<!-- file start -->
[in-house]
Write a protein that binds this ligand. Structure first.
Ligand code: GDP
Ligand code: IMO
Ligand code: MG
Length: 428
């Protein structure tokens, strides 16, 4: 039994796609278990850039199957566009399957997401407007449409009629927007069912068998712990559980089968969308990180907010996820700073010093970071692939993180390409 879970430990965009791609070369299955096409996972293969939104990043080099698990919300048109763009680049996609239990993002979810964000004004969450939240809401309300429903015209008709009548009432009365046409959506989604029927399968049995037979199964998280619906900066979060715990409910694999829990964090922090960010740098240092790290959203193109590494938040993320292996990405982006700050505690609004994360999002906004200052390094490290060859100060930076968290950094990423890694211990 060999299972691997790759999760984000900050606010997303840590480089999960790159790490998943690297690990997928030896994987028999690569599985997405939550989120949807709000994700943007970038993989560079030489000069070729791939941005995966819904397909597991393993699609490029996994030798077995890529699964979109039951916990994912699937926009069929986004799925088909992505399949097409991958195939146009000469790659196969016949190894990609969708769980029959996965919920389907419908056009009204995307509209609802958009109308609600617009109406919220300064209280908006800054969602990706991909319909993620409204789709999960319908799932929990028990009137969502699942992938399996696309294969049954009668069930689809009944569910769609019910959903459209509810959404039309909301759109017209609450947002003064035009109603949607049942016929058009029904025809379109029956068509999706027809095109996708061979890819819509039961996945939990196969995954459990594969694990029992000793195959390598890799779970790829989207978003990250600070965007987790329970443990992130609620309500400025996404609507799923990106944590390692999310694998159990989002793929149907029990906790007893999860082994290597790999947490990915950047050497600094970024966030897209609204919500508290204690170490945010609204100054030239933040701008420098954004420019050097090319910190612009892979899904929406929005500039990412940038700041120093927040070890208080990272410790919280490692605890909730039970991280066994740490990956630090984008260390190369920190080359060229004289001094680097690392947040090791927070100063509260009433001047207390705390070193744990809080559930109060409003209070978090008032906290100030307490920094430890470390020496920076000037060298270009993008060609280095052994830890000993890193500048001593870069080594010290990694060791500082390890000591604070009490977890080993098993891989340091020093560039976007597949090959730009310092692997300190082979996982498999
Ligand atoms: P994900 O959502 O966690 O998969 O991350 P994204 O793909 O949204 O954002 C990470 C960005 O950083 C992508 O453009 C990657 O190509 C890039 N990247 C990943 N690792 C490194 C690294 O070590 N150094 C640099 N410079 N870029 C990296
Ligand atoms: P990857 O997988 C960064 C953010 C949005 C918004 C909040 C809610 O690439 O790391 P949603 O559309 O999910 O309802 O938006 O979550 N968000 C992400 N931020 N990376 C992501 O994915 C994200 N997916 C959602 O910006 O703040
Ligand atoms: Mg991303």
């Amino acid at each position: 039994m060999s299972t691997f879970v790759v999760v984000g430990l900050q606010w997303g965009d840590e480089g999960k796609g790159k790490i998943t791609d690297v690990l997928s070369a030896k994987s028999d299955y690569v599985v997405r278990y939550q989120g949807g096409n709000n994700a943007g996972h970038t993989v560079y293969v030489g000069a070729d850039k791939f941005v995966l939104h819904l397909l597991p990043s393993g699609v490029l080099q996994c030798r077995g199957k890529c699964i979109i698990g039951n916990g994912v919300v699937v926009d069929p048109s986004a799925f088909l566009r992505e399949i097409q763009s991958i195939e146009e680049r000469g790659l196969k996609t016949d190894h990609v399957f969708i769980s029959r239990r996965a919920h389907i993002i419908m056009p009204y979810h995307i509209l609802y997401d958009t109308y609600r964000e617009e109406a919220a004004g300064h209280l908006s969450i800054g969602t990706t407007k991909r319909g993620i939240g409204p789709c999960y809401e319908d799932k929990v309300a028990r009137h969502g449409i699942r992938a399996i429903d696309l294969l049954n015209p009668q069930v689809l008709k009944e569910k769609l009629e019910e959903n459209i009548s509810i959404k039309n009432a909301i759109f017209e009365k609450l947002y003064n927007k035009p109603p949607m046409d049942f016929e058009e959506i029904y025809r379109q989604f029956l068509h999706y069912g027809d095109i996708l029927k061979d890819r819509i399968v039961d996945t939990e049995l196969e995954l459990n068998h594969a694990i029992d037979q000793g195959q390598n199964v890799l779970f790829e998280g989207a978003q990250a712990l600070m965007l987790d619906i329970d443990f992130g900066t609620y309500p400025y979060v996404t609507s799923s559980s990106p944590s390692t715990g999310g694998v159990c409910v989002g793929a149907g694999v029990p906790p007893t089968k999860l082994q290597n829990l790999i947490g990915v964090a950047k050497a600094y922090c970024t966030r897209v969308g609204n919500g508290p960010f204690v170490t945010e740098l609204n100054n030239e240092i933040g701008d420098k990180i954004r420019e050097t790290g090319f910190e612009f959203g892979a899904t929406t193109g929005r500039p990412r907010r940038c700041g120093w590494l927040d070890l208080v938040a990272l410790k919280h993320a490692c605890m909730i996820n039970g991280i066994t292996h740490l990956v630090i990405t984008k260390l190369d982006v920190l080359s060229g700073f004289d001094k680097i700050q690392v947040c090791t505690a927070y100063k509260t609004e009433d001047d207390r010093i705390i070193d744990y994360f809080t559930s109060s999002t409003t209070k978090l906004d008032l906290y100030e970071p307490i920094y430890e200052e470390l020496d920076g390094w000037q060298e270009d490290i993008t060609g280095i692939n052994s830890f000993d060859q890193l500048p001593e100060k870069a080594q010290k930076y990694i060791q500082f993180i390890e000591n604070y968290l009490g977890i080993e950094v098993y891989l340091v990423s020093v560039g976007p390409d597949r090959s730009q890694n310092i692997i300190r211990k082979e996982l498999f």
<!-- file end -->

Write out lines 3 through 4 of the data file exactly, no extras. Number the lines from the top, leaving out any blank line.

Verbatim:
Ligand code: GDP
Ligand code: IMO